Matias Myllyrinne: The Advent Of Alan Wake
April 12, 2010 Page 1 of 4
The game has been in the works for years now, but very soon, Microsoft and Remedy's Alan Wake will finally be released for the Xbox 360. It comes on the heels of Sony's Heavy Rain -- an extremely different game, to be sure, but the other platform holder's major thriller title of the generation.
Matias Myllyrinne, the managing director of Finland-based studio Remedy, seems excited to finally be able to share the game with the world. In this interview, he discusses the preproduction and production process that birthed the game as well as the creative evolution of the medium that helped birth the title.
I think it's nice that we're getting a little bit more of this psychological, mature stuff coming. In the past, the industry dove into that and then came back out again; this generation got very, very shooter-heavy, and now we're getting back to the psychological maturity.
Matias Myllyrinne: Yeah. Modern Warfare 2, for me, was a game I played in two sittings -- the single-player. I had to cancel my Gold subscription for a month so I wouldn't play the multiplayer, 'cause we needed to ship Wake. (Laughs) Everything I hear about Bad Company 2 makes it a game I want to play. But I'm glad that we're also doing different kinds of games.
Being able to deliver more character depth, for lack of a better word -- they're no longer just cardboard cut-outs; they're actually real in many ways -- is interesting. Being able to push the envelope, even if it's just a few inches forward, but just to be able to push that storytelling envelope further... I think we're going to open up new ground on that end.
And for us, what we spent a lot of time and effort doing is to try to build a new, compelling core mechanic with how you fight with light. So that was something that we're really proud of how it worked out, but it took a lot of time to nail down.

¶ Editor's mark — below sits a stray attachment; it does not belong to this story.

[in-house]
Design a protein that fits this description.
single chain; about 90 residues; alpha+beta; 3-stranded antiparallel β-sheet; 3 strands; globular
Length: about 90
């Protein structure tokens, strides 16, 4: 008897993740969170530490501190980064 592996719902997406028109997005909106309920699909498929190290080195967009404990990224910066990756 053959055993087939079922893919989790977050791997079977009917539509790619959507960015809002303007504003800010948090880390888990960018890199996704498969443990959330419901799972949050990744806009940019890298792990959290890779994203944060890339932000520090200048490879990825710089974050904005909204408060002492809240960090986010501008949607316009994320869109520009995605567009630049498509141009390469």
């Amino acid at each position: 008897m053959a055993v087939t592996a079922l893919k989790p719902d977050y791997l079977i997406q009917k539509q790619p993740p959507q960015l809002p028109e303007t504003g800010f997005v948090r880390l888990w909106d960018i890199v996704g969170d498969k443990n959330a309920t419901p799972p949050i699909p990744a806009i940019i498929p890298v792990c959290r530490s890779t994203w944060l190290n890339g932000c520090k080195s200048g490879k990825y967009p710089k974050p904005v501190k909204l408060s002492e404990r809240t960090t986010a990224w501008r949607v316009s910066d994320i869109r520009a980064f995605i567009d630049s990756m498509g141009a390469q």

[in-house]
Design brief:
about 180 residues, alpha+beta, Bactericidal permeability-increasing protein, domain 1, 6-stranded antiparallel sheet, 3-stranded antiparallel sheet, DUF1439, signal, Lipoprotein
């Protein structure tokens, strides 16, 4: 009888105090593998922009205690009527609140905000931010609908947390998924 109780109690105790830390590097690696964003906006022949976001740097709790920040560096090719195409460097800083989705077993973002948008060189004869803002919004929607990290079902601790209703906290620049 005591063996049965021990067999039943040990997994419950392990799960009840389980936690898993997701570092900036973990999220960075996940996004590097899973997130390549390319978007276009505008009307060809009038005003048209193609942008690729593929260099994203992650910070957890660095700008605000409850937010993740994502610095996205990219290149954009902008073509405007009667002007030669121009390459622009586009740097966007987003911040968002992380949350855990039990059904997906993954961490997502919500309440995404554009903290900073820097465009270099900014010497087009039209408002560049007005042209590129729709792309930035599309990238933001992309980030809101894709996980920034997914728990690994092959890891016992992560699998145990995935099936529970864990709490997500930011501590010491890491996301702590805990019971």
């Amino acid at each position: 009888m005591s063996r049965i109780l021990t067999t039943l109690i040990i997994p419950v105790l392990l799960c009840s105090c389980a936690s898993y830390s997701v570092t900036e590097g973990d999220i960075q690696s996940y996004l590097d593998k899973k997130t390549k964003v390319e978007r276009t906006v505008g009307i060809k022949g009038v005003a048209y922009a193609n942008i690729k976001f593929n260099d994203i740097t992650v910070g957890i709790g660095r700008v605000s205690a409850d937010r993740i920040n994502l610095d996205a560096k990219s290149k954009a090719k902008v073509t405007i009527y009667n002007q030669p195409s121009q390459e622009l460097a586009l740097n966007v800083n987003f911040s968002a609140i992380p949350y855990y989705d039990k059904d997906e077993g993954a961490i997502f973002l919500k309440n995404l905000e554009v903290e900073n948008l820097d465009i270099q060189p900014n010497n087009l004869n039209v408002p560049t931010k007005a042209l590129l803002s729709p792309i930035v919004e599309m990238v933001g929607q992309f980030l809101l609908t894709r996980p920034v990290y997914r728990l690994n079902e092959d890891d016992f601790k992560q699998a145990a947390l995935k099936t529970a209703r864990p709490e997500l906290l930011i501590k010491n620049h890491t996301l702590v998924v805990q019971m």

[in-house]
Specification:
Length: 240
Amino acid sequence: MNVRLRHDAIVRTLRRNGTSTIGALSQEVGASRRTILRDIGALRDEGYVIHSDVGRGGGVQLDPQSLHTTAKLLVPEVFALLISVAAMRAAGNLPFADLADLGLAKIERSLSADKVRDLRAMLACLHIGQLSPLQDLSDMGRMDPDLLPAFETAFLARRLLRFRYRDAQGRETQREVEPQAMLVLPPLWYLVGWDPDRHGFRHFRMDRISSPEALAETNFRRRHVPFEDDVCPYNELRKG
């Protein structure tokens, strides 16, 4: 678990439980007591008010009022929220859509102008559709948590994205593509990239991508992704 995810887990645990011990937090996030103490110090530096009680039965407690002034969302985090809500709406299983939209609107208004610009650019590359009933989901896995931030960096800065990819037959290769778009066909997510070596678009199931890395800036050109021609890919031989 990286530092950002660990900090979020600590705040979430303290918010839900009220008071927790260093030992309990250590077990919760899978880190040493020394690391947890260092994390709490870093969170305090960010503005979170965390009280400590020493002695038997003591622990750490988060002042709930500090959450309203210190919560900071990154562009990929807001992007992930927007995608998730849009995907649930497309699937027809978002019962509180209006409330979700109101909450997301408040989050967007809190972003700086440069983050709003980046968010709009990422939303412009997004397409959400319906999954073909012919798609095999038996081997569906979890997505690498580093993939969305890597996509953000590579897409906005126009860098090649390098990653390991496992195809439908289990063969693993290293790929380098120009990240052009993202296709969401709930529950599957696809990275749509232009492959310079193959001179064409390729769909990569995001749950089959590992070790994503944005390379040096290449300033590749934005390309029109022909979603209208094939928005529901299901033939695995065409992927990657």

We think we're pretty far into the generation, but a lot of teams are really just getting their first game online at this point.
MM: Yeah. There's a few things here: in one respect, I think we're in a golden age of gaming. If you look at the games that have come out last year...Wow. I mean, there are just so many polished, great games. At least, I can't remember a timeframe when I was so pampered and taken care of as a gamer, so I think in that respect it's a great time.
In terms of a console life-cycle, I think we're just in a very good spot. There are things that we can still do on the consoles that we should be exploring. I'm in no rush to move on to the next generation (laughing), and I think at least most folks I've talked to are very happy staying with this gen and trying to build on it.
There's a lot more consoles out there and a healthy install base, especially now with Sony's Move and Project Natal. I'm hoping that nobody rushes and pulls the trigger too early on the next cycle.
I feel like the only way we'll actually be able to get people to move the craft and the art of gaming forward is if the ground stops moving a little bit.
MM: Yeah. That's true; that's true. And, you know, I'm really surprised at how much -- there's an insane amount of potential what we could still be doing on the 360. It's a good piece of hardware, but, if you think back to the previous gen, like if you look at the PlayStation 2 games, it's like the very first games and then the last ones to come out -- you compare the early games to, like, GTA III -- it's like, wow, this is the same piece of hardware?! Teams just get better and better at pulling power out of those things and realizing their vision.
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